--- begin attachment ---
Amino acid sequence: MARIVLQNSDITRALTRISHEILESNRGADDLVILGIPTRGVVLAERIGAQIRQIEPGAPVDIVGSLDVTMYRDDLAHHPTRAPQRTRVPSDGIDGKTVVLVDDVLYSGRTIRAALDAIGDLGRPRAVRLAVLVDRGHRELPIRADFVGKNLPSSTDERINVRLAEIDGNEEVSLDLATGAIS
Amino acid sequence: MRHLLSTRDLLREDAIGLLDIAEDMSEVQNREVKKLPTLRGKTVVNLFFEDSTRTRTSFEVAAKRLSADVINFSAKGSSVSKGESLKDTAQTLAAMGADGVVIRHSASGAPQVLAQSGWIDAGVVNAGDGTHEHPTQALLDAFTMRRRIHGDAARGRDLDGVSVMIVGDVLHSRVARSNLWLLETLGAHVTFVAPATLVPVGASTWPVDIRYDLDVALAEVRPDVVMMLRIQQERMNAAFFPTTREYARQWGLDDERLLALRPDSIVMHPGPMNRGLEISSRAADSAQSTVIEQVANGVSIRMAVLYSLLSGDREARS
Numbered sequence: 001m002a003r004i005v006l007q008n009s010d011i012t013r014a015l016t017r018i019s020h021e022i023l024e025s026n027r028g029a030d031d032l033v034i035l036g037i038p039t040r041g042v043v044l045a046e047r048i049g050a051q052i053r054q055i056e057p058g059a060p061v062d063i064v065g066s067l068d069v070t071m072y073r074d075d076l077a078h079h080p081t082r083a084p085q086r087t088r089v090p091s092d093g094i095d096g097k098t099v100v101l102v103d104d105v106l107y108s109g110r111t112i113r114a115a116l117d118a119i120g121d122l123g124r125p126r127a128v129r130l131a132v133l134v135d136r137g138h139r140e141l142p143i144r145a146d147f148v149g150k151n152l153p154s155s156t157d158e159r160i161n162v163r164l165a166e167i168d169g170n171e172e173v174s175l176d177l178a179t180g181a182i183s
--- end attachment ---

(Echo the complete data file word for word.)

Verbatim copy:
Amino acid sequence: MARIVLQNSDITRALTRISHEILESNRGADDLVILGIPTRGVVLAERIGAQIRQIEPGAPVDIVGSLDVTMYRDDLAHHPTRAPQRTRVPSDGIDGKTVVLVDDVLYSGRTIRAALDAIGDLGRPRAVRLAVLVDRGHRELPIRADFVGKNLPSSTDERINVRLAEIDGNEEVSLDLATGAIS
Amino acid sequence: MRHLLSTRDLLREDAIGLLDIAEDMSEVQNREVKKLPTLRGKTVVNLFFEDSTRTRTSFEVAAKRLSADVINFSAKGSSVSKGESLKDTAQTLAAMGADGVVIRHSASGAPQVLAQSGWIDAGVVNAGDGTHEHPTQALLDAFTMRRRIHGDAARGRDLDGVSVMIVGDVLHSRVARSNLWLLETLGAHVTFVAPATLVPVGASTWPVDIRYDLDVALAEVRPDVVMMLRIQQERMNAAFFPTTREYARQWGLDDERLLALRPDSIVMHPGPMNRGLEISSRAADSAQSTVIEQVANGVSIRMAVLYSLLSGDREARS
Numbered sequence: 001m002a003r004i005v006l007q008n009s010d011i012t013r014a015l016t017r018i019s020h021e022i023l024e025s026n027r028g029a030d031d032l033v034i035l036g037i038p039t040r041g042v043v044l045a046e047r048i049g050a051q052i053r054q055i056e057p058g059a060p061v062d063i064v065g066s067l068d069v070t071m072y073r074d075d076l077a078h079h080p081t082r083a084p085q086r087t088r089v090p091s092d093g094i095d096g097k098t099v100v101l102v103d104d105v106l107y108s109g110r111t112i113r114a115a116l117d118a119i120g121d122l123g124r125p126r127a128v129r130l131a132v133l134v135d136r137g138h139r140e141l142p143i144r145a146d147f148v149g150k151n152l153p154s155s156t157d158e159r160i161n162v163r164l165a166e167i168d169g170n171e172e173v174s175l176d177l178a179t180g181a182i183s